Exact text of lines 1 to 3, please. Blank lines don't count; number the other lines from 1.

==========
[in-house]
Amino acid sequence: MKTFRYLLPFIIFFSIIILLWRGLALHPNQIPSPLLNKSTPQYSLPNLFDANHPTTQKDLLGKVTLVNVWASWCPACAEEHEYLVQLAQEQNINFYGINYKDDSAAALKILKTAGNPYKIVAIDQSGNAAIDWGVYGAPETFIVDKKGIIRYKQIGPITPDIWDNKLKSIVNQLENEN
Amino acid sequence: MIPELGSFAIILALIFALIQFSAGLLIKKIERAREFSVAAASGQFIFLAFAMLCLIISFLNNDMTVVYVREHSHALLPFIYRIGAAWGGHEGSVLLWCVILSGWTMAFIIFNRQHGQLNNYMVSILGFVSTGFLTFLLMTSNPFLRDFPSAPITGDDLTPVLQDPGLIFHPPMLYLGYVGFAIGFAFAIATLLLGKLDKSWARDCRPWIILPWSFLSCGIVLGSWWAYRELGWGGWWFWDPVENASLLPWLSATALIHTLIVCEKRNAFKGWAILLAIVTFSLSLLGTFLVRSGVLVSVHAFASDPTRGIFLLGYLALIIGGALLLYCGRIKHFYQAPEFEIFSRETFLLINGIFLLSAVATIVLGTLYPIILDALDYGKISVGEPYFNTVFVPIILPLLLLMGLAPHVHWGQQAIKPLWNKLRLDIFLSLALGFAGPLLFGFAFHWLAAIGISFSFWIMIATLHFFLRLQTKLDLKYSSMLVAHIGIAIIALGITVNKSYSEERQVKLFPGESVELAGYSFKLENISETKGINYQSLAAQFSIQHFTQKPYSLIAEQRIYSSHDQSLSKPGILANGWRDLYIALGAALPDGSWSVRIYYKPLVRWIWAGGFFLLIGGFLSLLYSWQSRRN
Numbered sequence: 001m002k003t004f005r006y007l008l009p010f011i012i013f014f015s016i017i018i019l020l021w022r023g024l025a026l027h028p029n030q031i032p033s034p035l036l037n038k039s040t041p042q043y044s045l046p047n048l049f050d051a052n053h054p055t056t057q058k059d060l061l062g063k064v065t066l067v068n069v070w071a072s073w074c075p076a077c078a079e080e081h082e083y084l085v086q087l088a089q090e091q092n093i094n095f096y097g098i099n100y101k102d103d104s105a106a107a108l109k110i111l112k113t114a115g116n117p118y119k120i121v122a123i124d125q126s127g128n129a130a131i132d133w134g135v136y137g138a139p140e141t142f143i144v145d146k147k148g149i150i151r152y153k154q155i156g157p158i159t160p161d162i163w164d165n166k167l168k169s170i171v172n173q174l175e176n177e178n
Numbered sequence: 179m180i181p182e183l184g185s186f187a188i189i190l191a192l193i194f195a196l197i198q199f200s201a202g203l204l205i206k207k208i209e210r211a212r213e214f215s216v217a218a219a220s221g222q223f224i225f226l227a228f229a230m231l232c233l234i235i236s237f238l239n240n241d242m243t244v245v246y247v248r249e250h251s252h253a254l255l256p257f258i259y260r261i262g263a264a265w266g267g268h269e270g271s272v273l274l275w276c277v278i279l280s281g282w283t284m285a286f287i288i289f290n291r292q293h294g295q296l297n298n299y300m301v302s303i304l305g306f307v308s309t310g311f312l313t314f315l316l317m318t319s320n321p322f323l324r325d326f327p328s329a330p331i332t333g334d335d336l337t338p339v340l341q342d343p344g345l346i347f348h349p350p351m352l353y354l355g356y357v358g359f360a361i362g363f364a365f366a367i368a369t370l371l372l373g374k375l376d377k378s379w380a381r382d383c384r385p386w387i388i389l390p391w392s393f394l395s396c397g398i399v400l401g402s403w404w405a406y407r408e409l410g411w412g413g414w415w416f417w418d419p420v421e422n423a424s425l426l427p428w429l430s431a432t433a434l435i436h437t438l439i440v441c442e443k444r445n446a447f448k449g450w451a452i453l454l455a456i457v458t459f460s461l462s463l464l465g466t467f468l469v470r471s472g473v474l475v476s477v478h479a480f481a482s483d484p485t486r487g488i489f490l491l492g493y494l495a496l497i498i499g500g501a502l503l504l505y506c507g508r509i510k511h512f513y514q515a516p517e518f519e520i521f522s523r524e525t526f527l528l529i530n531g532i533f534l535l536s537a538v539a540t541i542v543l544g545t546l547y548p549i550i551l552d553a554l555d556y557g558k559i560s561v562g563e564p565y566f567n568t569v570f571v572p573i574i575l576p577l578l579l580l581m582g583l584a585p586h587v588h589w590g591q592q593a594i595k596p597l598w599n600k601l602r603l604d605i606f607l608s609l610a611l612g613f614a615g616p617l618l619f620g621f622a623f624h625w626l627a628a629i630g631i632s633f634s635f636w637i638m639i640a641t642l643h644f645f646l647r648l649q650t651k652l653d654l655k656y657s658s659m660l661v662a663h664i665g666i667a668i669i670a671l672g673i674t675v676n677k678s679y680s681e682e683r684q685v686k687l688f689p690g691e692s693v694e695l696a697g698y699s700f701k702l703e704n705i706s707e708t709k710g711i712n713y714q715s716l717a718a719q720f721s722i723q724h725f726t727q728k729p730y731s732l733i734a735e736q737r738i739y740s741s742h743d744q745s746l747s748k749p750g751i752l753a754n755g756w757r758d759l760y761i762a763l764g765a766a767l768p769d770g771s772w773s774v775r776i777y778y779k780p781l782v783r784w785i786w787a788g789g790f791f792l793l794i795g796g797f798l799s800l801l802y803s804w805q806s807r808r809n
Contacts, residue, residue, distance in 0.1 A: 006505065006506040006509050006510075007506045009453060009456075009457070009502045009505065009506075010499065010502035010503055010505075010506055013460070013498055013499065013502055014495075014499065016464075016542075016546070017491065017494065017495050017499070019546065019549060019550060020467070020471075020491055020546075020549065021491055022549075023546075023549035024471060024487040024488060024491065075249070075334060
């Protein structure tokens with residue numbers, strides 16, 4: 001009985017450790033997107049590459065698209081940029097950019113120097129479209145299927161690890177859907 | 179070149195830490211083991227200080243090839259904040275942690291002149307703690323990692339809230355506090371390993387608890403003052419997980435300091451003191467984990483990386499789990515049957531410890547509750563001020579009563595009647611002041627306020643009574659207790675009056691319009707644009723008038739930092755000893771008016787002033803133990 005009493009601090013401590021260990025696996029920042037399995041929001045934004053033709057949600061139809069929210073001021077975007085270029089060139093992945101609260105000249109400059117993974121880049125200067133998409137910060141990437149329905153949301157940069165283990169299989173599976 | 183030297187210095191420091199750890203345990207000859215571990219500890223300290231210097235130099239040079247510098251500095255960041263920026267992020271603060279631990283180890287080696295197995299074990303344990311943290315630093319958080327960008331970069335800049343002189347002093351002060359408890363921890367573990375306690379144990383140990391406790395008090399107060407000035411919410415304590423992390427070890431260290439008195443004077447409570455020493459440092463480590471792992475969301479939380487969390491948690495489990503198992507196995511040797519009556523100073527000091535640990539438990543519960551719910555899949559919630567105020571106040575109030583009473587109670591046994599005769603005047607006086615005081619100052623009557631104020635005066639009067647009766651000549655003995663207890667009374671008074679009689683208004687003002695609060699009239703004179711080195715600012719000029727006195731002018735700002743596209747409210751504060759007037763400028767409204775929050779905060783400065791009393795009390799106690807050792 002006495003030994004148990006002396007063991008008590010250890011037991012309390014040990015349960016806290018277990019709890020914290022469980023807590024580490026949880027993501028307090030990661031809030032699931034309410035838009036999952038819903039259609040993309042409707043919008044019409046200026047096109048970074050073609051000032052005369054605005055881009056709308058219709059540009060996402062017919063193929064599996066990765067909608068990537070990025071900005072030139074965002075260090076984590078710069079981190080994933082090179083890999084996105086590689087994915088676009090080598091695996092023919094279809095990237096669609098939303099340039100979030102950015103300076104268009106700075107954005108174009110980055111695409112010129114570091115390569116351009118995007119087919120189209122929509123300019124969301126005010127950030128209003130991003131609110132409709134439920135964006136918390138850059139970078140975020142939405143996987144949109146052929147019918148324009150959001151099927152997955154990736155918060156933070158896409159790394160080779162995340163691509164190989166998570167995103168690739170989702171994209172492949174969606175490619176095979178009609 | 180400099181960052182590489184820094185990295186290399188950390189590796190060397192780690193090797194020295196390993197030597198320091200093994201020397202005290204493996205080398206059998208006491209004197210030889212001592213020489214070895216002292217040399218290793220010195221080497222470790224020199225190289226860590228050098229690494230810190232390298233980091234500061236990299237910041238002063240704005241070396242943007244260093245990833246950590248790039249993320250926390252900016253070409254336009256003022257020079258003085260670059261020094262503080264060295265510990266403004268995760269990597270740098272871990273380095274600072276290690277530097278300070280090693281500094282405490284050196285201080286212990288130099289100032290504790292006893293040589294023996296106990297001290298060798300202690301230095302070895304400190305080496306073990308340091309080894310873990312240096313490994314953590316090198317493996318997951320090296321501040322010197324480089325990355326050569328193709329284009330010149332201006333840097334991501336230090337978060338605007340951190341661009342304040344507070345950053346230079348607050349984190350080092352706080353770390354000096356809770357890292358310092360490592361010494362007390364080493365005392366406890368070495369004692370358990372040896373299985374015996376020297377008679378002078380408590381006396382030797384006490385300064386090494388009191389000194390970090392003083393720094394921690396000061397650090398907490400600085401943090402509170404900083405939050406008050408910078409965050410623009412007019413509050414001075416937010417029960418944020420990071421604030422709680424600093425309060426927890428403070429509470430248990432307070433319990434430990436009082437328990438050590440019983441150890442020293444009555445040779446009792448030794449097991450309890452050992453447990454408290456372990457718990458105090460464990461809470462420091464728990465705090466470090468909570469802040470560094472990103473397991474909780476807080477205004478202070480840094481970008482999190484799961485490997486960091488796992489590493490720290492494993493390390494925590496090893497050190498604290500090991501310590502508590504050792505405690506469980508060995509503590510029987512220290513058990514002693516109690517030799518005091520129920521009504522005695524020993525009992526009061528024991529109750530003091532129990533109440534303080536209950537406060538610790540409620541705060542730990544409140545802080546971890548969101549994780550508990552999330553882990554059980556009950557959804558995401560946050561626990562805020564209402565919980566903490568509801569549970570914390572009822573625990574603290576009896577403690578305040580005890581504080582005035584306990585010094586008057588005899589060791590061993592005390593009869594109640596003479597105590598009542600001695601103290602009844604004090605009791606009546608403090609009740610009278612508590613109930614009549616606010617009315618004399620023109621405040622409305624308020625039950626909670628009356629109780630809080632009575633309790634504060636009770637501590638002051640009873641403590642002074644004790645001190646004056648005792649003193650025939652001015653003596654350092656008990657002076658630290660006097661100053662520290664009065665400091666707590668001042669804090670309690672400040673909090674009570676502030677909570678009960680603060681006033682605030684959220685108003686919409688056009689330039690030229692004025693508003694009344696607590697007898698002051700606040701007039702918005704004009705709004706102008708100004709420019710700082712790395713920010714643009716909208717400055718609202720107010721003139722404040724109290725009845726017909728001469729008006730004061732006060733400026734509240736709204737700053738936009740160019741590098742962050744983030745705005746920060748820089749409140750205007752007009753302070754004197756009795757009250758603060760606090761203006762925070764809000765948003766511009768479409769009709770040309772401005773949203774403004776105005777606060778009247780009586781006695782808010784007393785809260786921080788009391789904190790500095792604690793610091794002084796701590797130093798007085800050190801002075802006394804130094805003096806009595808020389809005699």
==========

[in-house]
Amino acid sequence: MKTFRYLLPFIIFFSIIILLWRGLALHPNQIPSPLLNKSTPQYSLPNLFDANHPTTQKDLLGKVTLVNVWASWCPACAEEHEYLVQLAQEQNINFYGINYKDDSAAALKILKTAGNPYKIVAIDQSGNAAIDWGVYGAPETFIVDKKGIIRYKQIGPITPDIWDNKLKSIVNQLENEN
Amino acid sequence: MIPELGSFAIILALIFALIQFSAGLLIKKIERAREFSVAAASGQFIFLAFAMLCLIISFLNNDMTVVYVREHSHALLPFIYRIGAAWGGHEGSVLLWCVILSGWTMAFIIFNRQHGQLNNYMVSILGFVSTGFLTFLLMTSNPFLRDFPSAPITGDDLTPVLQDPGLIFHPPMLYLGYVGFAIGFAFAIATLLLGKLDKSWARDCRPWIILPWSFLSCGIVLGSWWAYRELGWGGWWFWDPVENASLLPWLSATALIHTLIVCEKRNAFKGWAILLAIVTFSLSLLGTFLVRSGVLVSVHAFASDPTRGIFLLGYLALIIGGALLLYCGRIKHFYQAPEFEIFSRETFLLINGIFLLSAVATIVLGTLYPIILDALDYGKISVGEPYFNTVFVPIILPLLLLMGLAPHVHWGQQAIKPLWNKLRLDIFLSLALGFAGPLLFGFAFHWLAAIGISFSFWIMIATLHFFLRLQTKLDLKYSSMLVAHIGIAIIALGITVNKSYSEERQVKLFPGESVELAGYSFKLENISETKGINYQSLAAQFSIQHFTQKPYSLIAEQRIYSSHDQSLSKPGILANGWRDLYIALGAALPDGSWSVRIYYKPLVRWIWAGGFFLLIGGFLSLLYSWQSRRN